MassTERi is a joint collaboration of the Office of Innovation and Business Development and CCTS. It was initiated by faculty co-founders Melissa J. Moore, PhD, Howard Hughes Medical Institute Investigator, the Eleanor Eustis Farrington Chair in Cancer Research and professor of biochemistry & molecular pharmacology; Anastasia Khvorova, PhD, professor of molecular medicine and biochemistry & molecular pharmacology; and Celia A. Schiffer, PhD, professor of biochemistry & molecular pharmacology and co-founder of the Institute for Drug Resistance. The eClub continues to be a student/postdoc led initiative with support from MassTERI.

“We’re excited about the opportunity to build upon MassTERI’s strong foundation and we plan to use it as the central platform for education, mentoring and support for the entire innovation ecosystem at UMMS,” said Brendan O'Leary, PhD, executive vice chancellor for innovation & business development. “The eClub is a very important part of this ecosystem and we hope to provide its members with many opportunities to participate in entrepreneurial projects on campus.”

eClub is also supported by the GSBS Center for Biomedical Career Development and the UMMS Office of Research, along with numerous faculty who have industry connections and entrepreneurial experience.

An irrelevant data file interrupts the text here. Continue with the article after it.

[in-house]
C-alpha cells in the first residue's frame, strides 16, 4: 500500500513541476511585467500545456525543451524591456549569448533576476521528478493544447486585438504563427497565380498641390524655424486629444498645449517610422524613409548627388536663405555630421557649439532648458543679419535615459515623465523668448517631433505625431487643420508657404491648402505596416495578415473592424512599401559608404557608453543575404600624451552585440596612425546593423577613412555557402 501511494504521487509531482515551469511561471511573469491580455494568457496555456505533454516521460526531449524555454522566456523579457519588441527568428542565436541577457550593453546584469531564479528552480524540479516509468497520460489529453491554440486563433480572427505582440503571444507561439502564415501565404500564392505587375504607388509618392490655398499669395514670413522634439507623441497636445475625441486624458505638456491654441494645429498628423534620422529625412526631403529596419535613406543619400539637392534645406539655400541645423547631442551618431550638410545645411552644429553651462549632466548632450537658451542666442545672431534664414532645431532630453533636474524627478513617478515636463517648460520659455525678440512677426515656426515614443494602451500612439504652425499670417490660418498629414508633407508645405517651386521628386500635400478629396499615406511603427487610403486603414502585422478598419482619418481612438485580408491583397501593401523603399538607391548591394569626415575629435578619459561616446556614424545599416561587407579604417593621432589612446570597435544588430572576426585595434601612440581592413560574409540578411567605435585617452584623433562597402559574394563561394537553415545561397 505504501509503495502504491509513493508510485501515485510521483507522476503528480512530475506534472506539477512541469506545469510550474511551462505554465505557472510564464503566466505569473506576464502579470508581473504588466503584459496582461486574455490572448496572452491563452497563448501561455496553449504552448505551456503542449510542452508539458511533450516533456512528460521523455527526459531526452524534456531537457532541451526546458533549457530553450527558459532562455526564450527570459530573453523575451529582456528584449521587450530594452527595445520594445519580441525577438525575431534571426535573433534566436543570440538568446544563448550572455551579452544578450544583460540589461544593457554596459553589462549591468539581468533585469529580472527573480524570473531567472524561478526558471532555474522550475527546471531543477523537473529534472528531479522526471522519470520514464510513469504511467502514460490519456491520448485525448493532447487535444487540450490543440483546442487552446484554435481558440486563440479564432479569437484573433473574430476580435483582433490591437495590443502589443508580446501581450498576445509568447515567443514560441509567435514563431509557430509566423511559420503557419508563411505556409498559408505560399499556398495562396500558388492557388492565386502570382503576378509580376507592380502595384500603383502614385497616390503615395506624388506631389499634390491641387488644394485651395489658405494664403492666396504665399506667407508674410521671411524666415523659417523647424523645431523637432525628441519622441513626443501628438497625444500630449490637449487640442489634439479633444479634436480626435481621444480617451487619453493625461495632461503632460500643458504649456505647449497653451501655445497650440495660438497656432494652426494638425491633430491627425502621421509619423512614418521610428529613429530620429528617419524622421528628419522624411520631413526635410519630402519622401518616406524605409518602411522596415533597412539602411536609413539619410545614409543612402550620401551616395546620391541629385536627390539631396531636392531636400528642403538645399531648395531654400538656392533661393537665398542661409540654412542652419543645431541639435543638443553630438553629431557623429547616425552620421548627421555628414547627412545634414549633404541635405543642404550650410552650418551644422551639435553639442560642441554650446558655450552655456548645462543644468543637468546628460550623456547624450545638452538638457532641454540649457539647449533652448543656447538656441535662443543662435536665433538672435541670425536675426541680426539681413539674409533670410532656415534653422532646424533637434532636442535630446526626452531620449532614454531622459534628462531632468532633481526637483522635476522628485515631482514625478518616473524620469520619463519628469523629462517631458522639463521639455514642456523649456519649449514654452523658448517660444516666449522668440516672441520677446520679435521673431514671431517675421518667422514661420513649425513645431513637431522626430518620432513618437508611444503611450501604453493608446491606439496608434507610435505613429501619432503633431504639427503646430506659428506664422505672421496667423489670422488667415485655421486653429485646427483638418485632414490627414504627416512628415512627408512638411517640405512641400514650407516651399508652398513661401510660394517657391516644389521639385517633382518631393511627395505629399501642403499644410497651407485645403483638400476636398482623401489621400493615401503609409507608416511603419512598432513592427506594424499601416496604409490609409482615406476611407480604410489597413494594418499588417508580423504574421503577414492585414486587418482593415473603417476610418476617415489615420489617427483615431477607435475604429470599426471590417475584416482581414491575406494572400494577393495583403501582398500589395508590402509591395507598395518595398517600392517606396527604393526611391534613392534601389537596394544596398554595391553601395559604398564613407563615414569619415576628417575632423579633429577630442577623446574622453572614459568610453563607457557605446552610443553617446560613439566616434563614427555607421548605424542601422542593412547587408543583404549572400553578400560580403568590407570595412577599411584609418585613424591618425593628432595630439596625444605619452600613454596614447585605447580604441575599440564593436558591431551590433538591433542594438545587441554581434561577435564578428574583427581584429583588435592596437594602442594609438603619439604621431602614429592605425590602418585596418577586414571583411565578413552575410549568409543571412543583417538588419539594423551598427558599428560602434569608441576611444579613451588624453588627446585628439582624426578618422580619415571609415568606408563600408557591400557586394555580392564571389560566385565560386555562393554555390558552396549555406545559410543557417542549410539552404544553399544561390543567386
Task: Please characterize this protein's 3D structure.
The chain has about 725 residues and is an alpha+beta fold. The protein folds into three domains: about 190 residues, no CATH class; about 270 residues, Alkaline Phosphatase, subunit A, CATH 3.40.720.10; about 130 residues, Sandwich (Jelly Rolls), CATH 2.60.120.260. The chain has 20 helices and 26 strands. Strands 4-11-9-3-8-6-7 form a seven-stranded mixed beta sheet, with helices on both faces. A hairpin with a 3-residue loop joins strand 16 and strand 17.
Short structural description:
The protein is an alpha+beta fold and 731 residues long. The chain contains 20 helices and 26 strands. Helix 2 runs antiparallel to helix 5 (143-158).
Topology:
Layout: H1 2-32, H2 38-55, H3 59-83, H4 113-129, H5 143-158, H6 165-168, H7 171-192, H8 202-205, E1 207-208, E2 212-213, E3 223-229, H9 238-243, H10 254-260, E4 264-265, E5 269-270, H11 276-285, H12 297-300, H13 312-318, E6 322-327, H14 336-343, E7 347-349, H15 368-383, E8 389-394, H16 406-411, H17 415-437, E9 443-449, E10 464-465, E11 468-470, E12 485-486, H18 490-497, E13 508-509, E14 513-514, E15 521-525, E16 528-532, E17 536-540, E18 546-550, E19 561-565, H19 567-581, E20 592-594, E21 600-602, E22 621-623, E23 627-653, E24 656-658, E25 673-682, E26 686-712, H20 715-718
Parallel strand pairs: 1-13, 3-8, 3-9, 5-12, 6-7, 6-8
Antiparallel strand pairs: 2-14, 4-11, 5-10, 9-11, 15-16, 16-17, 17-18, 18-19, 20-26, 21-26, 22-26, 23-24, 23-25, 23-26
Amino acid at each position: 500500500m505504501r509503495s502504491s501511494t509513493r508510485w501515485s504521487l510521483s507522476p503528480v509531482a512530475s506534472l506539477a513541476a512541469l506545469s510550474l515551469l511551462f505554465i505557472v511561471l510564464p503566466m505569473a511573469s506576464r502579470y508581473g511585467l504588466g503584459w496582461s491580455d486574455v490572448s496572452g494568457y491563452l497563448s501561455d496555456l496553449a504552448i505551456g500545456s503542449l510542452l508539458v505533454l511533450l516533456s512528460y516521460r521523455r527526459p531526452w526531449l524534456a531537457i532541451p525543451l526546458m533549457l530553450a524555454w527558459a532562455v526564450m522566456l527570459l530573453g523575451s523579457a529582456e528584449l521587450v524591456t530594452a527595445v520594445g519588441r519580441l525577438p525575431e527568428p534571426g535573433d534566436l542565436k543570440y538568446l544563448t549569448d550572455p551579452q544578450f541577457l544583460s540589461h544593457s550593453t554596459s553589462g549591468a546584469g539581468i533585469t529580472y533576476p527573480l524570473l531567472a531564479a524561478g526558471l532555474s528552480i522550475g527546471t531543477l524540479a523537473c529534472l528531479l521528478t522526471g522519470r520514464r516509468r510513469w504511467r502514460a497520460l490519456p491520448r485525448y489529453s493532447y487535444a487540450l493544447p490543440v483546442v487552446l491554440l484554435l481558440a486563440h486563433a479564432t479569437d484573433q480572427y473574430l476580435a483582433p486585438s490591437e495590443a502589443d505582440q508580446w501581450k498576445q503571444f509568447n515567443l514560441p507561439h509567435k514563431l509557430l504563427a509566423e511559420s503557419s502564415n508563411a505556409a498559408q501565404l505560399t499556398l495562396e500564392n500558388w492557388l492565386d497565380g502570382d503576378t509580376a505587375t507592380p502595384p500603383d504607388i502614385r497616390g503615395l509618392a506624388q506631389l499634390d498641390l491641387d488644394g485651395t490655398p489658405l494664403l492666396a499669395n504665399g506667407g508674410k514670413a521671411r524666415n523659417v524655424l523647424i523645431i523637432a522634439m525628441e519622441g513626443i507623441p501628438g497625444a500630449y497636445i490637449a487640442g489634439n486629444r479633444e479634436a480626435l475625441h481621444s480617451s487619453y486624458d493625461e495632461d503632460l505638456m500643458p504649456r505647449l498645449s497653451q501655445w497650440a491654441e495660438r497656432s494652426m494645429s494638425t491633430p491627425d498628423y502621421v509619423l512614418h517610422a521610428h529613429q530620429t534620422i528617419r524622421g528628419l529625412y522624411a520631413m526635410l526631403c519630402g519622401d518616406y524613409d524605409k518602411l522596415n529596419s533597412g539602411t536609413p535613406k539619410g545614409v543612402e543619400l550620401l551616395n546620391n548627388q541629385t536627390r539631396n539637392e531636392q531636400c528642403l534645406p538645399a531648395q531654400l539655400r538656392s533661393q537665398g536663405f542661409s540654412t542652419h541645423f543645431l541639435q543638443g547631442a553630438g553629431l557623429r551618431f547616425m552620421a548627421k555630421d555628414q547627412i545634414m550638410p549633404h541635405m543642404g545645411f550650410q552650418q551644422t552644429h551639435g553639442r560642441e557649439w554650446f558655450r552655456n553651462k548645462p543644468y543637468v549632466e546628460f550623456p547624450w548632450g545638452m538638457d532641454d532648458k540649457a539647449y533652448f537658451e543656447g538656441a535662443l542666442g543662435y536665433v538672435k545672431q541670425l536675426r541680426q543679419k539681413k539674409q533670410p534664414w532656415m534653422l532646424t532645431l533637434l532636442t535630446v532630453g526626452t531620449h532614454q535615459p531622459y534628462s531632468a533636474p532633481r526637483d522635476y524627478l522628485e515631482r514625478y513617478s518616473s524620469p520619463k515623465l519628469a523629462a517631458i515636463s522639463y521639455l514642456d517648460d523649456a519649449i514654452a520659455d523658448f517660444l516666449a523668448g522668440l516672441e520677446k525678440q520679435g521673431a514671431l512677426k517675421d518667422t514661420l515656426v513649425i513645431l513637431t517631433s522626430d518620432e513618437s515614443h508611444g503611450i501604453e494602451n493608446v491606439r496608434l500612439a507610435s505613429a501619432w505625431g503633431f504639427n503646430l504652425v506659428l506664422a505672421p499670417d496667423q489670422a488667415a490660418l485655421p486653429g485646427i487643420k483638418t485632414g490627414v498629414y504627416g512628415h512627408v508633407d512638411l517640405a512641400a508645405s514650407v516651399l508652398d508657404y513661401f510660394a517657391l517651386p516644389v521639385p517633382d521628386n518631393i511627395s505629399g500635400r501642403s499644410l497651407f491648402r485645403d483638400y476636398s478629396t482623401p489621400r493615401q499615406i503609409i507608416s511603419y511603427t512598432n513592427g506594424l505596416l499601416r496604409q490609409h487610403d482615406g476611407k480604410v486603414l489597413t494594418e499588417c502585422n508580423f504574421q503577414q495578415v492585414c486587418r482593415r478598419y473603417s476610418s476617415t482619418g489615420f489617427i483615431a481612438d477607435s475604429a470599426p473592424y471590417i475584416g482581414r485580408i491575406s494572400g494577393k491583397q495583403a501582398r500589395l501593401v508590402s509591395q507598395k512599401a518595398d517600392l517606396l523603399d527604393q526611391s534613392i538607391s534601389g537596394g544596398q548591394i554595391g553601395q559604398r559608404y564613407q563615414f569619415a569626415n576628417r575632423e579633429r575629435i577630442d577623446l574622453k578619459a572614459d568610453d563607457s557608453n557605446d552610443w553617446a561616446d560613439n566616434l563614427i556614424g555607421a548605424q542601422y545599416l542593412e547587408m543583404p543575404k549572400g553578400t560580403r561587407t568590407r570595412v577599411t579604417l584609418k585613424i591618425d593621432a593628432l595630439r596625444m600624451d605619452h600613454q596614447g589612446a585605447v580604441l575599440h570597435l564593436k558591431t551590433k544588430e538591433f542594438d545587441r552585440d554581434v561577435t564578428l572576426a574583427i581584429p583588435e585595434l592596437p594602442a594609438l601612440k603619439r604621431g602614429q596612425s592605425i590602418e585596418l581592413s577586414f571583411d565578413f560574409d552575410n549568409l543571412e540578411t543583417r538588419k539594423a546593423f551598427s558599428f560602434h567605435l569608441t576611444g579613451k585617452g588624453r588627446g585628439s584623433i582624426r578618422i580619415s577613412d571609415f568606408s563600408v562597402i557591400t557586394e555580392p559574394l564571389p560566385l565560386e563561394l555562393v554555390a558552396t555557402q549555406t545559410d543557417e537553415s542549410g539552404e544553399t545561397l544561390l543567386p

“Three-quarters of GSBS students and postdocs are strongly considering a career in industry—a world quite distinct from academic research,” said Cynthia Fuhrmann, PhD, assistant professor of biochemistry & molecular pharmacology and GSBS assistant dean for career and professional development. “eClub has brought them together as a community, helped them form professional connections with scientists in industry and developed knowledge of how to translate scientific discoveries to market—critical steps in their career development.”

The eClub steering committee is always open to new membership. “Our goal is to get scientists who are concentrating on their studies to think more about the future,” Sun emphasized. “We hope to play an inspirational and educational role and serve as part of unified platform for identifying and supporting early innovations at UMMS.”

Related links on UMassMedNow:
New initiative to build culture of drug development entrepreneurship
New executive vice chancellor hired to lead business development initiatives
NIH grant integrates career planning with scientific training